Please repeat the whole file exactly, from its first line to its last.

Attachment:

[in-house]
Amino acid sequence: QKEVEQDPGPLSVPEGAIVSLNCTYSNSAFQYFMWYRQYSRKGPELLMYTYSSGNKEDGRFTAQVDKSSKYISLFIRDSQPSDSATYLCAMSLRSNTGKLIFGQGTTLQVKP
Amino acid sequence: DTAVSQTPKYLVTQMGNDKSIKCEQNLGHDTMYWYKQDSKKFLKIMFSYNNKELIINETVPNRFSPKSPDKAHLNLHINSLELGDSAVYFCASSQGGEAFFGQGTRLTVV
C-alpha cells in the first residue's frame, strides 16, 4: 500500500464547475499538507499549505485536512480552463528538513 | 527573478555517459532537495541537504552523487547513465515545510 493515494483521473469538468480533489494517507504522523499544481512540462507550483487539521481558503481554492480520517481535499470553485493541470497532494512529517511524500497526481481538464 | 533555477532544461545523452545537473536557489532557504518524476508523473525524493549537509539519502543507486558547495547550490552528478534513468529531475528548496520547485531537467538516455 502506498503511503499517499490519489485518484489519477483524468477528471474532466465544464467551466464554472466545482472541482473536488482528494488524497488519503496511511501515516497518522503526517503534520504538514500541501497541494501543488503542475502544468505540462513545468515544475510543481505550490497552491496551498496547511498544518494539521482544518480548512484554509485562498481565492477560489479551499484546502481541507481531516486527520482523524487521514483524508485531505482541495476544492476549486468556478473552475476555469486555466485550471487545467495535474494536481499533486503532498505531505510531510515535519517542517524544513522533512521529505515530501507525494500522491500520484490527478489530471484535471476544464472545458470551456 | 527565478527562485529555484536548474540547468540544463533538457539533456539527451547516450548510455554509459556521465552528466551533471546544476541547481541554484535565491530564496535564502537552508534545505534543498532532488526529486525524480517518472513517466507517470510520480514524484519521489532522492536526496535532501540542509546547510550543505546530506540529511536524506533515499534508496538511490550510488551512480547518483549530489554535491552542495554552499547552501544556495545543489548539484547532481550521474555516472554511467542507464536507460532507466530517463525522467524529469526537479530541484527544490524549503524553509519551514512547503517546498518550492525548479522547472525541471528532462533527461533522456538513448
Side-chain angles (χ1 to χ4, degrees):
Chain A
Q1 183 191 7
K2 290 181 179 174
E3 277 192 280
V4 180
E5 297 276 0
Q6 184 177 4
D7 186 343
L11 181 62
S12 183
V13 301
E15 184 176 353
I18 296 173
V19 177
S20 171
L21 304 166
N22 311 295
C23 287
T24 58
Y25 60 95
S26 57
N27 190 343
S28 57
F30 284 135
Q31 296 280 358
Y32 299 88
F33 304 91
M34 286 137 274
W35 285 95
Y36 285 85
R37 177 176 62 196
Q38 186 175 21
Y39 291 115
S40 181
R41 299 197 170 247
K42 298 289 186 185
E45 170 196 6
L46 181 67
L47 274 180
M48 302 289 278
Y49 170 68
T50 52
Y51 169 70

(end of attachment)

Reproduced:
[in-house]
Amino acid sequence: QKEVEQDPGPLSVPEGAIVSLNCTYSNSAFQYFMWYRQYSRKGPELLMYTYSSGNKEDGRFTAQVDKSSKYISLFIRDSQPSDSATYLCAMSLRSNTGKLIFGQGTTLQVKP
Amino acid sequence: DTAVSQTPKYLVTQMGNDKSIKCEQNLGHDTMYWYKQDSKKFLKIMFSYNNKELIINETVPNRFSPKSPDKAHLNLHINSLELGDSAVYFCASSQGGEAFFGQGTRLTVV
C-alpha cells in the first residue's frame, strides 16, 4: 500500500464547475499538507499549505485536512480552463528538513 | 527573478555517459532537495541537504552523487547513465515545510 493515494483521473469538468480533489494517507504522523499544481512540462507550483487539521481558503481554492480520517481535499470553485493541470497532494512529517511524500497526481481538464 | 533555477532544461545523452545537473536557489532557504518524476508523473525524493549537509539519502543507486558547495547550490552528478534513468529531475528548496520547485531537467538516455 502506498503511503499517499490519489485518484489519477483524468477528471474532466465544464467551466464554472466545482472541482473536488482528494488524497488519503496511511501515516497518522503526517503534520504538514500541501497541494501543488503542475502544468505540462513545468515544475510543481505550490497552491496551498496547511498544518494539521482544518480548512484554509485562498481565492477560489479551499484546502481541507481531516486527520482523524487521514483524508485531505482541495476544492476549486468556478473552475476555469486555466485550471487545467495535474494536481499533486503532498505531505510531510515535519517542517524544513522533512521529505515530501507525494500522491500520484490527478489530471484535471476544464472545458470551456 | 527565478527562485529555484536548474540547468540544463533538457539533456539527451547516450548510455554509459556521465552528466551533471546544476541547481541554484535565491530564496535564502537552508534545505534543498532532488526529486525524480517518472513517466507517470510520480514524484519521489532522492536526496535532501540542509546547510550543505546530506540529511536524506533515499534508496538511490550510488551512480547518483549530489554535491552542495554552499547552501544556495545543489548539484547532481550521474555516472554511467542507464536507460532507466530517463525522467524529469526537479530541484527544490524549503524553509519551514512547503517546498518550492525548479522547472525541471528532462533527461533522456538513448
Side-chain angles (χ1 to χ4, degrees):
Chain A
Q1 183 191 7
K2 290 181 179 174
E3 277 192 280
V4 180
E5 297 276 0
Q6 184 177 4
D7 186 343
L11 181 62
S12 183
V13 301
E15 184 176 353
I18 296 173
V19 177
S20 171
L21 304 166
N22 311 295
C23 287
T24 58
Y25 60 95
S26 57
N27 190 343
S28 57
F30 284 135
Q31 296 280 358
Y32 299 88
F33 304 91
M34 286 137 274
W35 285 95
Y36 285 85
R37 177 176 62 196
Q38 186 175 21
Y39 291 115
S40 181
R41 299 197 170 247
K42 298 289 186 185
E45 170 196 6
L46 181 67
L47 274 180
M48 302 289 278
Y49 170 68
T50 52
Y51 169 70